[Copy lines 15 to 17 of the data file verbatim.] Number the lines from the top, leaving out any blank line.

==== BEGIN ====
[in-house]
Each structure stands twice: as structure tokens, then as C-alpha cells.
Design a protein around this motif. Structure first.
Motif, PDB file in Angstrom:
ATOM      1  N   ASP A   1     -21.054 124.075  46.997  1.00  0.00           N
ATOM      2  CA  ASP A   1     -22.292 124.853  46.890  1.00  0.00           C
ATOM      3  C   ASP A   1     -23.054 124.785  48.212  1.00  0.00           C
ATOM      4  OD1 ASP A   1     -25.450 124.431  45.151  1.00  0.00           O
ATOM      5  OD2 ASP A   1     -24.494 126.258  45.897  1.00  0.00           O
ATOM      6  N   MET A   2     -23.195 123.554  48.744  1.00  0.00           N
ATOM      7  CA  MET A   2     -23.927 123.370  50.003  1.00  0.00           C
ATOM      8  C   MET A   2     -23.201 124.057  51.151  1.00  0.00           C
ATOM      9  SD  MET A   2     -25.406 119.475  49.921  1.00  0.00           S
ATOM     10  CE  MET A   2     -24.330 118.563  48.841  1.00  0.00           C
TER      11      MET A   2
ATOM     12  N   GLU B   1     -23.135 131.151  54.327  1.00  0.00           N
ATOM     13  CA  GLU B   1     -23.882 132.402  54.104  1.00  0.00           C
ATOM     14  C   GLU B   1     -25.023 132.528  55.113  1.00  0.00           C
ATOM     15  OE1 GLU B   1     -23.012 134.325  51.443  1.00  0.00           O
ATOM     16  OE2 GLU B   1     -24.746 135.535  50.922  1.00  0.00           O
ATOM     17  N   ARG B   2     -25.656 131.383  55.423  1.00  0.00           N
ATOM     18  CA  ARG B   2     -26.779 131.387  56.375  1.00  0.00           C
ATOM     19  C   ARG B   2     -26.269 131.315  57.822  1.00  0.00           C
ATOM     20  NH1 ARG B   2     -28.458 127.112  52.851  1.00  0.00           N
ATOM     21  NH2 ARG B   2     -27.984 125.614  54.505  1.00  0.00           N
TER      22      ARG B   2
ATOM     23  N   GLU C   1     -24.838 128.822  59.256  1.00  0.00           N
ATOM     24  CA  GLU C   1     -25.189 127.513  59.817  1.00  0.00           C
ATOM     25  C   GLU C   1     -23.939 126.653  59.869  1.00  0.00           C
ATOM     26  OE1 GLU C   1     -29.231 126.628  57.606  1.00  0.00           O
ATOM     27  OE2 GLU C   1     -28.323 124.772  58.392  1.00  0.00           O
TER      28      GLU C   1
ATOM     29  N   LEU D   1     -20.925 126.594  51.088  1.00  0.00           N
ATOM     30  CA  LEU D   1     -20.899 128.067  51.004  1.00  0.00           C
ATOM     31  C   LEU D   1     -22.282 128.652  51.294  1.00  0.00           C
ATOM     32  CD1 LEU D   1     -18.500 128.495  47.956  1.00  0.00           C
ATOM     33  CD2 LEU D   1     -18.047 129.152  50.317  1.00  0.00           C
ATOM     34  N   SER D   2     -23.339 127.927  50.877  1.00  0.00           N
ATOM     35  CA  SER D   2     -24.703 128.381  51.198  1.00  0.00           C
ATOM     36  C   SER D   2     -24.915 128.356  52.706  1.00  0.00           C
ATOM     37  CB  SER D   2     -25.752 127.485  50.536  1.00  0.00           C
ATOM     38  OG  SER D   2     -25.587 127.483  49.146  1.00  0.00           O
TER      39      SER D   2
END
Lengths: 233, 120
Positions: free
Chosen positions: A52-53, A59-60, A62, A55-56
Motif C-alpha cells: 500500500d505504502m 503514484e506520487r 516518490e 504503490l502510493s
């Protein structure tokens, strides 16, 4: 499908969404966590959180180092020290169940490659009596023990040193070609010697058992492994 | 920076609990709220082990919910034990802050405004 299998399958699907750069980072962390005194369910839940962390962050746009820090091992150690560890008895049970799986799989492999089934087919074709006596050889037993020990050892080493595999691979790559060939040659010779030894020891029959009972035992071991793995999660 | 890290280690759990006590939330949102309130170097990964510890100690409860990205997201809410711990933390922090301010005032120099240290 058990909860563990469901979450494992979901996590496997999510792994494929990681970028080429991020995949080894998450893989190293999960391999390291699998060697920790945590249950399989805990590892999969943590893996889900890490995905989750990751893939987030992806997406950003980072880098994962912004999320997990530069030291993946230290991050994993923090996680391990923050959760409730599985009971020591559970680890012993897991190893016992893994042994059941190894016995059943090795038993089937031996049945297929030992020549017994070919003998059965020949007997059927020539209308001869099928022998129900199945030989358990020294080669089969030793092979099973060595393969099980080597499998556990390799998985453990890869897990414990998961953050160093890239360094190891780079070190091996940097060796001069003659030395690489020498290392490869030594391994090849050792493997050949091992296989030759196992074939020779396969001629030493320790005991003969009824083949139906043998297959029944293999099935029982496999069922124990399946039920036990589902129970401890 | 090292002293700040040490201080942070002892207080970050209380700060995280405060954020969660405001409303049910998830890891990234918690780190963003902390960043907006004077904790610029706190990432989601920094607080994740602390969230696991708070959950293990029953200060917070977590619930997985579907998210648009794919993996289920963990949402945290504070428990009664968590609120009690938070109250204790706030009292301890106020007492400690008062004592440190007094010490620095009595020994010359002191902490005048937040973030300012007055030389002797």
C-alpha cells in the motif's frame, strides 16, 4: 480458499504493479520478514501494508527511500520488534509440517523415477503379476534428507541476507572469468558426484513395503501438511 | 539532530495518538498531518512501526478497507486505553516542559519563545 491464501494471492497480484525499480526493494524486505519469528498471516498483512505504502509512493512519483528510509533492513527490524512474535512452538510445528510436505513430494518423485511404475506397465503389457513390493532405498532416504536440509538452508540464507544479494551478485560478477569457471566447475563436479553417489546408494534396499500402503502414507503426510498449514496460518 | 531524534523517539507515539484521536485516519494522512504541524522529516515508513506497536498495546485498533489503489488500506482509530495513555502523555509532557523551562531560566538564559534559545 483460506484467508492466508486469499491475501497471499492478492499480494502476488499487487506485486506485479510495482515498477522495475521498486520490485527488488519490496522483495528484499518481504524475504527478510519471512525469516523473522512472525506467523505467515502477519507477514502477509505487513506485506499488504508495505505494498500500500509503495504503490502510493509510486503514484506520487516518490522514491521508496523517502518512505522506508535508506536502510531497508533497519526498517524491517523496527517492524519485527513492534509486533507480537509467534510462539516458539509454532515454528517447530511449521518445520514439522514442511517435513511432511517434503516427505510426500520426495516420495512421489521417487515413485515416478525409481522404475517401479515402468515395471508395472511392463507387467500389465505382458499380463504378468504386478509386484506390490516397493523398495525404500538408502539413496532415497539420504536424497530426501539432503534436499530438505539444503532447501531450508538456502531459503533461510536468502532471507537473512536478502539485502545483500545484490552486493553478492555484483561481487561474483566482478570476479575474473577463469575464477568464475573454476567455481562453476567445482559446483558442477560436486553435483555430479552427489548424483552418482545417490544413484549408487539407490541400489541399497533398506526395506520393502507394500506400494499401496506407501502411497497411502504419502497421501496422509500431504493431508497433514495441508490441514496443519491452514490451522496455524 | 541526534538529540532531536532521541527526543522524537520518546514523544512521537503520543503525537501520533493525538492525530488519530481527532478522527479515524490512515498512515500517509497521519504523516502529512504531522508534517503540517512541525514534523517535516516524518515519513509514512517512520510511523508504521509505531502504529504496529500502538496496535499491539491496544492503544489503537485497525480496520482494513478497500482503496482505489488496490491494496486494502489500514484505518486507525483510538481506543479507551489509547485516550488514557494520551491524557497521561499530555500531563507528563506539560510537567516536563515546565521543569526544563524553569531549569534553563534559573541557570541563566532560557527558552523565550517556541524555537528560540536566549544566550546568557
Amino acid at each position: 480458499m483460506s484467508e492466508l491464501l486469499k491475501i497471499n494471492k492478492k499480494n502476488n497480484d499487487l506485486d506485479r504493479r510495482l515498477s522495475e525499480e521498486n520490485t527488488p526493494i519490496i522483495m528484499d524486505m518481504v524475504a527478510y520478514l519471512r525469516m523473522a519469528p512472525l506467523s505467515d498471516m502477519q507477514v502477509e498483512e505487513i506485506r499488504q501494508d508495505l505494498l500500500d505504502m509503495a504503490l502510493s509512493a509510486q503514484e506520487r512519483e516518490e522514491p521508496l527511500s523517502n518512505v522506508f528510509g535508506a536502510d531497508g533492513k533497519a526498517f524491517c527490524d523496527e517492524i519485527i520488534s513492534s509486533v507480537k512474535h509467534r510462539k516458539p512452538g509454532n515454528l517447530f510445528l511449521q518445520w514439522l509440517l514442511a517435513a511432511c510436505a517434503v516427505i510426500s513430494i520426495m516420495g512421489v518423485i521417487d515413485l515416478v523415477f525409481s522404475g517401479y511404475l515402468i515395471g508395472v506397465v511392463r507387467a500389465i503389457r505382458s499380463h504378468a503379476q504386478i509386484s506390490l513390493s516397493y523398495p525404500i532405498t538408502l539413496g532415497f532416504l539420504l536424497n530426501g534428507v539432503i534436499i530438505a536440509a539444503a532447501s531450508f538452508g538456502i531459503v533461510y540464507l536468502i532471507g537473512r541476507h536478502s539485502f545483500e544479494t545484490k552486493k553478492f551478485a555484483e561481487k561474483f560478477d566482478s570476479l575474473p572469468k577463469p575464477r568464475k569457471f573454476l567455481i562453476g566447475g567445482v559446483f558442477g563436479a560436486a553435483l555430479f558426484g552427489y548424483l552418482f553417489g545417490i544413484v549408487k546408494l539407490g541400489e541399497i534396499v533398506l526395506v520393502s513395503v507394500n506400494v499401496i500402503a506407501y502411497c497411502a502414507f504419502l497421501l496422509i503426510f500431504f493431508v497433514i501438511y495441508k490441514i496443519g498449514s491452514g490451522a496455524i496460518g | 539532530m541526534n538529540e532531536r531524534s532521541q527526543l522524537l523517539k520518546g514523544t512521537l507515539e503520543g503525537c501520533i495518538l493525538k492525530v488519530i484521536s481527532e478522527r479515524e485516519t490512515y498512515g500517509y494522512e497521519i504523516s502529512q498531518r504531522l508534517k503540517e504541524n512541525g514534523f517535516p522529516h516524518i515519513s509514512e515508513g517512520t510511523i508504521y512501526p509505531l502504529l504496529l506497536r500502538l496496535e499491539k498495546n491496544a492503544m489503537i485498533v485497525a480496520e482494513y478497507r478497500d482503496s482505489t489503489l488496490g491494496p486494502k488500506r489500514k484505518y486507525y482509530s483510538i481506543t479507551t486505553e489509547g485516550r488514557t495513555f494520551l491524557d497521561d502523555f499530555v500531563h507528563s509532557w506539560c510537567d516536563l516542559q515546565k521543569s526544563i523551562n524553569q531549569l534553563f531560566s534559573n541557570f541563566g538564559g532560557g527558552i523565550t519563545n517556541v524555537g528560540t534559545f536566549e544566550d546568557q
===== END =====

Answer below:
TER      11      MET A   2
ATOM     12  N   GLU B   1     -23.135 131.151  54.327  1.00  0.00           N
ATOM     13  CA  GLU B   1     -23.882 132.402  54.104  1.00  0.00           C